After addition of the BI boundary term, action growths versus *m* are presented in Fig. 3 for different values of \(\gamma \). The straight blue line on the upper plot in Fig. 3 still corresponds to the Lloyd’s bound. The straight red line shows action growth of the black hole with single horizon for \(\gamma =1\). The difference between the straight blue line and the straight red line is just \(C_1\). The three points *A*, *B*, *C* on the lower left plot in Fig. 3 still represent the extremal black holes. From the three plots in Fig. 3, one sees that, action growth rates decrease as \(\gamma \) increases, and that action growth rates increase as *m* increases.

## 4 EBI black holes

*r*. The Einstein equations (55) imply the dyonic black hole solution in general dimensions [53]

*n*, let’s consider the following special cases.

### 4.1 Purely electric EBI black holes

*G*(

*r*) in (60) with the magnetic charge parameter \(p=0\). Action of the \(r=0\) surface is

*q*. Since it is difficult to work out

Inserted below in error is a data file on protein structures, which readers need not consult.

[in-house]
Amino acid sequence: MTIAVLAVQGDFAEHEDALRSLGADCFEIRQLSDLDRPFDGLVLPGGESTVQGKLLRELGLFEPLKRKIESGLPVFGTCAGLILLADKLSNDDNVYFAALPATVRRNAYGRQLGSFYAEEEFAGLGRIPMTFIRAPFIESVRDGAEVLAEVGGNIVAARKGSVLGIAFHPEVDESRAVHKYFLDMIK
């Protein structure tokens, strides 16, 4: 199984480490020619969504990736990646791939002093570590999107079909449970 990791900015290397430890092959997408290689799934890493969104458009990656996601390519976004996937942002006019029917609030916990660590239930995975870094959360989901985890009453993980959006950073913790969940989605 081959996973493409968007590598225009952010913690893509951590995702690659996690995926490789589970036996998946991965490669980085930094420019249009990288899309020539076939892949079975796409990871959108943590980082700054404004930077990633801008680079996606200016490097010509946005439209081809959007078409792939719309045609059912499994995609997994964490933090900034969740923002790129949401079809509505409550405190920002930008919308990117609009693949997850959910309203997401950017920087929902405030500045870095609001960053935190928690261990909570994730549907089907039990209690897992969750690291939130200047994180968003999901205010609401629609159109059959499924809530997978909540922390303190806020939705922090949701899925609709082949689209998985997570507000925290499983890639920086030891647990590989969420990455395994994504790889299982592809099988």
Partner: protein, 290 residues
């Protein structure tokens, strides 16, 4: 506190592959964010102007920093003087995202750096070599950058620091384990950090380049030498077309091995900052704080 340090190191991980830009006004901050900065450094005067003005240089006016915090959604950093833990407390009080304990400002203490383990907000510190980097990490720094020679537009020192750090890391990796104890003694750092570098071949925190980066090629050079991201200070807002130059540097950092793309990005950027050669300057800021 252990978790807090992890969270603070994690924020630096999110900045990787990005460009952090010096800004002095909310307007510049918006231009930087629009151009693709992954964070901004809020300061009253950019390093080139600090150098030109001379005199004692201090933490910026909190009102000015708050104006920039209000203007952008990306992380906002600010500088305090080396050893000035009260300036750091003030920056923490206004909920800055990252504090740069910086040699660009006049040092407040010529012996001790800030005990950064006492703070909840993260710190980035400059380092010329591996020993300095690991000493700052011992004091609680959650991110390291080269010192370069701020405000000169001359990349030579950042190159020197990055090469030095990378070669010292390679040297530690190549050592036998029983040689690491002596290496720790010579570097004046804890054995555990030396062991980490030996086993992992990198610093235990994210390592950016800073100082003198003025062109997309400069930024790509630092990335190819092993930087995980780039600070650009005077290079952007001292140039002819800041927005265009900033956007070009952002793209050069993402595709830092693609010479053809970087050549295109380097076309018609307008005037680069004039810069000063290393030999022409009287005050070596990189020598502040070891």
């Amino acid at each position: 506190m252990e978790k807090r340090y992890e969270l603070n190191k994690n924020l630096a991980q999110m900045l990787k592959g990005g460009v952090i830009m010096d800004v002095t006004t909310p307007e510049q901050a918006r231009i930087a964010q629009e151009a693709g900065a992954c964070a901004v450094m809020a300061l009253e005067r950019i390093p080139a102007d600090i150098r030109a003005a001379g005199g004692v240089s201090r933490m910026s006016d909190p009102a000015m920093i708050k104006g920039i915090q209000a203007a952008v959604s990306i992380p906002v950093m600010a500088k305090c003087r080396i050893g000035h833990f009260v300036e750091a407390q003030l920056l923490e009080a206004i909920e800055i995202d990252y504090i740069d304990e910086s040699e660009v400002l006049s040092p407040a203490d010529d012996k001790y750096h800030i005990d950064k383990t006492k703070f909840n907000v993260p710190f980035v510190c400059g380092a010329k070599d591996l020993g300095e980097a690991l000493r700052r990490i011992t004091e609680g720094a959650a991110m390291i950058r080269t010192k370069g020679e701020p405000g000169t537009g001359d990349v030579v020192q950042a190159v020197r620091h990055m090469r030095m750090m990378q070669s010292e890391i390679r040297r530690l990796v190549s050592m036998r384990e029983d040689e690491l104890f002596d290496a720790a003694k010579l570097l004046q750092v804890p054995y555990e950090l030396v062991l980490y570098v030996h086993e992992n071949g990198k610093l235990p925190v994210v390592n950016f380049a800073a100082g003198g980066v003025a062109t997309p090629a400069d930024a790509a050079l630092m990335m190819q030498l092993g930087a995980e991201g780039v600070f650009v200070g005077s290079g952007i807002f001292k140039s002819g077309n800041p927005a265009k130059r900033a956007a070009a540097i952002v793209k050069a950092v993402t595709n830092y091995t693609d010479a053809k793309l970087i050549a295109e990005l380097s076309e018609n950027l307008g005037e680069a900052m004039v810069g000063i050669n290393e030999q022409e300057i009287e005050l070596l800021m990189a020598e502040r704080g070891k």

*q*as \(q(r_{+})\), and subsequently \(\frac{\delta I}{\delta t}\) as \(\frac{\delta I}{\delta t}(r_{+})\), from (59) for fixed \(\mu \), we fix \(r_{+}\), then

*M*and \(\frac{\delta I}{\delta t}\) are functions of

*q*. The black line on each plot in Fig. 4 is the 2

*M*line. From Fig. 4, one sees that action growth rates decrease as

*q*or \(\gamma \) increases, Lloyd’s bound is satisfied. Note that \(\frac{\delta I}{\delta t}\) will not be zero as

*q*increases, since for certain value of the black hole mass

*M*,

*q*can’t be arbitrarily large to ensure the existence of the black hole horizon.

### 4.2 Pure magnetic EBI black holes

In this subsection, we calculate action growth of purely magnetic EBI black hole in general dimensions and make a comparison between the effects of electric and magnetic charges on action growth.

*p*, it does not depend on the product of magnetic charge and potential \(Q_m\Phi _m\). This differs from the purely electric case (64), where the action growth depends on mass, some constant and the product \(Q_e\Phi _e\). By comparison of the first line of (77) and the first line of (64), we see that, for electric EBI black holes, the term corresponding to \(\bar{H}(r_{+})\) disappears since